When many of his disciples heard [what Jesus had to say], they said, “This teaching is difficult; who can accept it?” 
Anyone who has heard the teaching of Jesus has to sympathise with those first disciples. His words about Holy Communion may no longer have the same power to shock seasoned churchgoers, because it's an established ritual of the Church which many of us share in without any more thought than we would give to a picnic in the park. But, for many people outside the Church, the idea that we can meet Jesus simply by sharing bread and wine is at best ludicrous and at worst a serious stumbling block to faith.
I guess it offends them in the sense that it offends against their notion of common sense. Perhaps they would find it easier to accept if they understood that Jesus is not proposing any magical or supernatural change to the bread and wine we share. He is simply promising to be with us, in spirit, as we come together around the communion table.
The sharing of holy communion is simply a way of cashing in that promise. It gives us the special confidence of knowing that Jesus is indeed with us, even when he feels far away, because he promised to be there when we share the bread and wine together.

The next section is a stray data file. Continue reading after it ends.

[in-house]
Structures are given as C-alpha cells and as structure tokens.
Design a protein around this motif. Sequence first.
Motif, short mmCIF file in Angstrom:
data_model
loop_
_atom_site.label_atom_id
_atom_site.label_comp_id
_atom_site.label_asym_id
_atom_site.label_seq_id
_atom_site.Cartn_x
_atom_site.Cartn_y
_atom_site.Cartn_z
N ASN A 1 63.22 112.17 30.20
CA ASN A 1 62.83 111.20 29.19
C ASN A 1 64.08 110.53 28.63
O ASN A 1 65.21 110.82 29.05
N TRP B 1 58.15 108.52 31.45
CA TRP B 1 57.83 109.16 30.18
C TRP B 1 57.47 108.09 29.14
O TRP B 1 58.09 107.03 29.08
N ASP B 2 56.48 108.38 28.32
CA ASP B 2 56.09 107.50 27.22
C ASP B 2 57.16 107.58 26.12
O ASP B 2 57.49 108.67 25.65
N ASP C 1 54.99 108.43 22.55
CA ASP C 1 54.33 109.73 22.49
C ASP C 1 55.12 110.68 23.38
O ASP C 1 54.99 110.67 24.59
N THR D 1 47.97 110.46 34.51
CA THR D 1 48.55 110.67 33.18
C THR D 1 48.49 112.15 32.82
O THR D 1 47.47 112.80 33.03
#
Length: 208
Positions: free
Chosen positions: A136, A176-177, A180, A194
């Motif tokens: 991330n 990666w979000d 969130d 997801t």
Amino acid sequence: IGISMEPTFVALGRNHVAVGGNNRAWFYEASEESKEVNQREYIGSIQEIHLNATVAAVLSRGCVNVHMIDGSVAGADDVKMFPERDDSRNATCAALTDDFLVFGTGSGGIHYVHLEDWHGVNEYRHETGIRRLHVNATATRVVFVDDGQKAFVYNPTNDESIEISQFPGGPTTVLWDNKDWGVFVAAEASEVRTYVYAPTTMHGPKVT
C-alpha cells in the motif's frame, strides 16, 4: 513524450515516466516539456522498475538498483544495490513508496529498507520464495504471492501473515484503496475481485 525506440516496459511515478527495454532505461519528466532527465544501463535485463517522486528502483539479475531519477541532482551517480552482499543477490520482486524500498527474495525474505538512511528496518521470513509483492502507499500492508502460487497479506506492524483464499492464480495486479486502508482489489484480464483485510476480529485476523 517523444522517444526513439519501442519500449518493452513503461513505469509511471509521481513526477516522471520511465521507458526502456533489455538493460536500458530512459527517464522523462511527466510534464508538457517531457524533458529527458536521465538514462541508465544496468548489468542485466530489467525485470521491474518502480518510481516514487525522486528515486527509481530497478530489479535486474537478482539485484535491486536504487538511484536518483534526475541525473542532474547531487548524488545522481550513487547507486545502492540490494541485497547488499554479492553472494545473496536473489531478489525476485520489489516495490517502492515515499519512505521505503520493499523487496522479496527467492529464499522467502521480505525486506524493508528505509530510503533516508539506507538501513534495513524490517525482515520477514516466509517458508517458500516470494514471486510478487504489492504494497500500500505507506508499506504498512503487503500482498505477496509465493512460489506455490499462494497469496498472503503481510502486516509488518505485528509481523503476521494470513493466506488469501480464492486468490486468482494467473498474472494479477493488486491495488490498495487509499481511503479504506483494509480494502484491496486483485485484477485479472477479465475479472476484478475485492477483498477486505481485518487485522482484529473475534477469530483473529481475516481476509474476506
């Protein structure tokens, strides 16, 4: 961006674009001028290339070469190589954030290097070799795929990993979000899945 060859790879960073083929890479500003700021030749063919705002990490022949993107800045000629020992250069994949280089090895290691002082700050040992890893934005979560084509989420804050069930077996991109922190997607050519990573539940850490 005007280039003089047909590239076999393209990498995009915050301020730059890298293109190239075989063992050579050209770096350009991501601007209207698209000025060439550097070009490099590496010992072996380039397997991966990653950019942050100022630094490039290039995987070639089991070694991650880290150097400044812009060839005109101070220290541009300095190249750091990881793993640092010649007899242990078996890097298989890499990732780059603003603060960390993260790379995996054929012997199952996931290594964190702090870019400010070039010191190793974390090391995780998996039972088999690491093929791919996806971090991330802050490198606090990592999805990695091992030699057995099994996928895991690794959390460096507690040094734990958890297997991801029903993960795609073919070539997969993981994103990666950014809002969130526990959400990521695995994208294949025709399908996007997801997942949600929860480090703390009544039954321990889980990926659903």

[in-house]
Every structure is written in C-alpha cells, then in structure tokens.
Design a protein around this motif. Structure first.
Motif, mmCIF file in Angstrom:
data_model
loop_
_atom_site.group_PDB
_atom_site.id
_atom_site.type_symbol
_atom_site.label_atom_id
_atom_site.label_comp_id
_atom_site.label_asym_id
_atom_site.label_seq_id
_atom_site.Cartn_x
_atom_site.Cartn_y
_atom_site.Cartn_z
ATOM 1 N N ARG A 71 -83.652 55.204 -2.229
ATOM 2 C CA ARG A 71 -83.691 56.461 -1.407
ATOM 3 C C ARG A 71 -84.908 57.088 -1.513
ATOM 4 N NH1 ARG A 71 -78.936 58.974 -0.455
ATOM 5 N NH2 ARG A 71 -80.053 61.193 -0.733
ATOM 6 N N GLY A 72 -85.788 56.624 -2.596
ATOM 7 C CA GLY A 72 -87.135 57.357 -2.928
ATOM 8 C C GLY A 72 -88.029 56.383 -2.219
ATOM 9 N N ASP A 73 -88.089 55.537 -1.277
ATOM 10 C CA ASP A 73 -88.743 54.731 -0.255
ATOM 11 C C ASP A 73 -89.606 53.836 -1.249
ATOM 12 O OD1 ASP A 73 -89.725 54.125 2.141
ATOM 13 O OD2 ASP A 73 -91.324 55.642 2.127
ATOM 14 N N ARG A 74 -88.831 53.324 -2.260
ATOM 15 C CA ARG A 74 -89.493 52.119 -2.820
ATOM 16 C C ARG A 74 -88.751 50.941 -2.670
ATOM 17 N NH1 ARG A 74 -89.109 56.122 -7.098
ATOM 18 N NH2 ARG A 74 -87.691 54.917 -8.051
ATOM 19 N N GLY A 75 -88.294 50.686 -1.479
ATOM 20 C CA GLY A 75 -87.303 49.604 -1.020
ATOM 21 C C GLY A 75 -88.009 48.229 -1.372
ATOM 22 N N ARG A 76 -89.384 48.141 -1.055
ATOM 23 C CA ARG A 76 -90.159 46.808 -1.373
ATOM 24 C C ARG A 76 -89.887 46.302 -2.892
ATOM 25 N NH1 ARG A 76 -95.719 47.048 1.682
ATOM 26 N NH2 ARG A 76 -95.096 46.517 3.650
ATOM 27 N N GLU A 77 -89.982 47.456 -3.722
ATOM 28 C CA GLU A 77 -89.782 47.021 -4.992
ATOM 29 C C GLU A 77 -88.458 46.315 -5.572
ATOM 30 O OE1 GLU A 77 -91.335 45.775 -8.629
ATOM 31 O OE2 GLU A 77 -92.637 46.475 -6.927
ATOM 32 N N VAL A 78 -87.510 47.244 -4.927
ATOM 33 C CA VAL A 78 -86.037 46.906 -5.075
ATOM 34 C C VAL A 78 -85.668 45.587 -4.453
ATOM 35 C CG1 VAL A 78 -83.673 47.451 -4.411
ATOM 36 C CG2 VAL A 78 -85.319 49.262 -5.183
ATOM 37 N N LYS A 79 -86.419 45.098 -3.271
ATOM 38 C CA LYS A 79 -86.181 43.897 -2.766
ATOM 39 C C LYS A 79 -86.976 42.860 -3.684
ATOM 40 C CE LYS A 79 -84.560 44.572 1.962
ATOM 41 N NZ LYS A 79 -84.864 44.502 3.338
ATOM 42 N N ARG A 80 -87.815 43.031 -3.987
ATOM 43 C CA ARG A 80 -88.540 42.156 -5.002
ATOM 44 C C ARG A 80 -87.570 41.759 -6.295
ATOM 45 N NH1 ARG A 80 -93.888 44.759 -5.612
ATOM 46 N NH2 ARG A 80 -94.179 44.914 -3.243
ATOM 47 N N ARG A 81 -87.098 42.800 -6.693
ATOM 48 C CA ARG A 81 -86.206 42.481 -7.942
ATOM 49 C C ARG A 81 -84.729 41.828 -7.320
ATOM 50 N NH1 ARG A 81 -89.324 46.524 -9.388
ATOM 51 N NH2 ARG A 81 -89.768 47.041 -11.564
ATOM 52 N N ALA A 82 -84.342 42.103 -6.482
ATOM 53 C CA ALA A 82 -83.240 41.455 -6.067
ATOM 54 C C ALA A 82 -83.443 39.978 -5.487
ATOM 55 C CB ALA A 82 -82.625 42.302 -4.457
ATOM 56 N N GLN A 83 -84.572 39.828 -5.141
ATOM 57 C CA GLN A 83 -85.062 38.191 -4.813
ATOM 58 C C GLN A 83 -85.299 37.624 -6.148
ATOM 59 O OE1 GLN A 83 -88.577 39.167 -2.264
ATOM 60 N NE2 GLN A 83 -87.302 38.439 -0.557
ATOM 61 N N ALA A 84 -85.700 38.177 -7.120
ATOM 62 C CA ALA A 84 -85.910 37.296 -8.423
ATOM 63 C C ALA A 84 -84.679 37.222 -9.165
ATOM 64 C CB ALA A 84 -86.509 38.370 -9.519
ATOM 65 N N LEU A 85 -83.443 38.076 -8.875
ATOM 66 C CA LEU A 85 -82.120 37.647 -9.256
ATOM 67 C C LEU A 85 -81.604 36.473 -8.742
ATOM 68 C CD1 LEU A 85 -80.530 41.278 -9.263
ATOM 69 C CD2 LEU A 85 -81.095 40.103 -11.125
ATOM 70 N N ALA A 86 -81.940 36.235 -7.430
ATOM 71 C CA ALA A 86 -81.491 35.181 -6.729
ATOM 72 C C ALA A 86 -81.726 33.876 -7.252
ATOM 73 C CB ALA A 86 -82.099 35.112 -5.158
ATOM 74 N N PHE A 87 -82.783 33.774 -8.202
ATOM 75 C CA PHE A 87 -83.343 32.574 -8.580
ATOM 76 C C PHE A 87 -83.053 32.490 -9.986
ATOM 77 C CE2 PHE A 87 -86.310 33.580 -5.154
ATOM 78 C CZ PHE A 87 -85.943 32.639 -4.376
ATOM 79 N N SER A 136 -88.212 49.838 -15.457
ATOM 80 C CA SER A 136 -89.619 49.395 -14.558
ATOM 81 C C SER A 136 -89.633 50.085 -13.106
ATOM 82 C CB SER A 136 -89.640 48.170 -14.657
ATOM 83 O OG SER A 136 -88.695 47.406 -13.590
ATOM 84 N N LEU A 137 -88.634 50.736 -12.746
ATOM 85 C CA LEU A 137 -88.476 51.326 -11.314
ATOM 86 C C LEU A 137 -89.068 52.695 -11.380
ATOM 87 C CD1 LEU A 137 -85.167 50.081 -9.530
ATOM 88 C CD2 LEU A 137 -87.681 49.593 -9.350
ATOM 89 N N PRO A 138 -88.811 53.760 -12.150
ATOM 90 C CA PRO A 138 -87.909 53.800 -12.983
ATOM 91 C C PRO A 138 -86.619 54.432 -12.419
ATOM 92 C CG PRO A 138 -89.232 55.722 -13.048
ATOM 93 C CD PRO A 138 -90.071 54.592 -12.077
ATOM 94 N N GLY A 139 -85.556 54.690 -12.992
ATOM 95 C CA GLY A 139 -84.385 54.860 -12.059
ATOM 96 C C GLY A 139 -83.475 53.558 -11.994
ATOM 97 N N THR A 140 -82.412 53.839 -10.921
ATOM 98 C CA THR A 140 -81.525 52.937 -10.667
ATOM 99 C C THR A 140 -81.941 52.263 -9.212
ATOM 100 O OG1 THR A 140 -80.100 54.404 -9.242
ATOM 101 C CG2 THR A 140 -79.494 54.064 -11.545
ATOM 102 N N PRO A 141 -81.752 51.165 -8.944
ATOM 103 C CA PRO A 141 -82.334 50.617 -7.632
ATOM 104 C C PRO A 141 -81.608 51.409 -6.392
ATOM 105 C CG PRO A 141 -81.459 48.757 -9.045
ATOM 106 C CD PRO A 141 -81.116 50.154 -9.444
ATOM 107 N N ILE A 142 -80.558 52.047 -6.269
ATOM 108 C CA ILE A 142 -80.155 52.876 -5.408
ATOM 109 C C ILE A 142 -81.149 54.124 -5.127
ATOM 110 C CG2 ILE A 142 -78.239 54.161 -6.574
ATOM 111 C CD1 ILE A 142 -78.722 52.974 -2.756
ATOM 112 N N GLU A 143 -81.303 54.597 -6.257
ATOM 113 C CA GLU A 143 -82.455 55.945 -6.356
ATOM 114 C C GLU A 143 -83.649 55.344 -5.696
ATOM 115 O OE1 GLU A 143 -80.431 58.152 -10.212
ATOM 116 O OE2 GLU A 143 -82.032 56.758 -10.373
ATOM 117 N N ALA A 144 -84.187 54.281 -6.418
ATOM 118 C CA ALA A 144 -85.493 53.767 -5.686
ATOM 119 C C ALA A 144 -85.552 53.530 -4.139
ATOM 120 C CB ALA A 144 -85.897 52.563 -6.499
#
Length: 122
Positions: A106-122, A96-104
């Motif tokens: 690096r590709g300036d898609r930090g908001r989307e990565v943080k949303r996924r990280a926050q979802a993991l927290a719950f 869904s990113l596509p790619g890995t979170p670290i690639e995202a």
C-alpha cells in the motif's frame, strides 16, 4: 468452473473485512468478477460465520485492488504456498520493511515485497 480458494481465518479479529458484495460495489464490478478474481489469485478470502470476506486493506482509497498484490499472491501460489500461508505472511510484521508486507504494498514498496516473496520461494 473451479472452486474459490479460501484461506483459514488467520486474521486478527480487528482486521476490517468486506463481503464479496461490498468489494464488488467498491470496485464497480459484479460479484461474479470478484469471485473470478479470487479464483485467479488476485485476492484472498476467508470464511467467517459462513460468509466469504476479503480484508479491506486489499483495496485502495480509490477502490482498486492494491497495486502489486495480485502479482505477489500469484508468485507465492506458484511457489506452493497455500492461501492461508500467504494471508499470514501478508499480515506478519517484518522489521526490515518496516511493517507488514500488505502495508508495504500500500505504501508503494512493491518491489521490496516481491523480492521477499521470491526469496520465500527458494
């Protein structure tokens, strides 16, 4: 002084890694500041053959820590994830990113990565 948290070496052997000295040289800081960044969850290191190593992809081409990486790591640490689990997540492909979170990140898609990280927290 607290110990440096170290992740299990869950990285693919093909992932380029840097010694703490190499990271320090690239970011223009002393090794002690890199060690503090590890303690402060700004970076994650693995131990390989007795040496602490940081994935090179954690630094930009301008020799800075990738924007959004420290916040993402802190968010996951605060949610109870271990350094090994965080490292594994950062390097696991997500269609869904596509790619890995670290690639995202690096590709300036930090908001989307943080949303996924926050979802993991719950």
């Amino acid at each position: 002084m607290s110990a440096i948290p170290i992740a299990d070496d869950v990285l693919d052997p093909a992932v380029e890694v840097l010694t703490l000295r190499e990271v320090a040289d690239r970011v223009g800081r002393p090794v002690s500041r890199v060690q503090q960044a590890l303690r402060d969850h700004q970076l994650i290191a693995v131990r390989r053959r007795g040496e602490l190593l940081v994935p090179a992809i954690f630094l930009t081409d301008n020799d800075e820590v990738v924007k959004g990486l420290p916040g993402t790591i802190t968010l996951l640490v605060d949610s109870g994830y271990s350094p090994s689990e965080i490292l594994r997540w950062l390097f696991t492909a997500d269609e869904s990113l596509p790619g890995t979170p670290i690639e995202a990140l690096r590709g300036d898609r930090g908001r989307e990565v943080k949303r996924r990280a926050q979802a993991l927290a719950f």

However, let us leave on one side the meaning of holy communion. What about the rest of Jesus' teaching, especially his teaching about lifestyle and morality? This teaching is difficult. Who can accept it?
No wonder that some people do not believe in trying to put God first, and to love our neighbours as much as we love ourselves. No wonder either that there are some people who claim to believe in these values, but who betray them when they are put to the test. No wonder people turn back and no longer go with Jesus and his followers. It ain't easy to be a true Christian!
So why do any of us try to persevere? Because as St Peter put it, even if we wanted to follow someone else's way, 'Lord, to whom could we go? You have the words of eternal life. We have come to believe and know that you are the Holy One of God.'
Peter himself was to betray Jesus when it came to the crunch, but he didn't allow that to stop him from coming back to the teaching which he knew, from bitter experience, is difficult to follow, but which he also knew to be life enhancing and life giving.
 John 6.60—69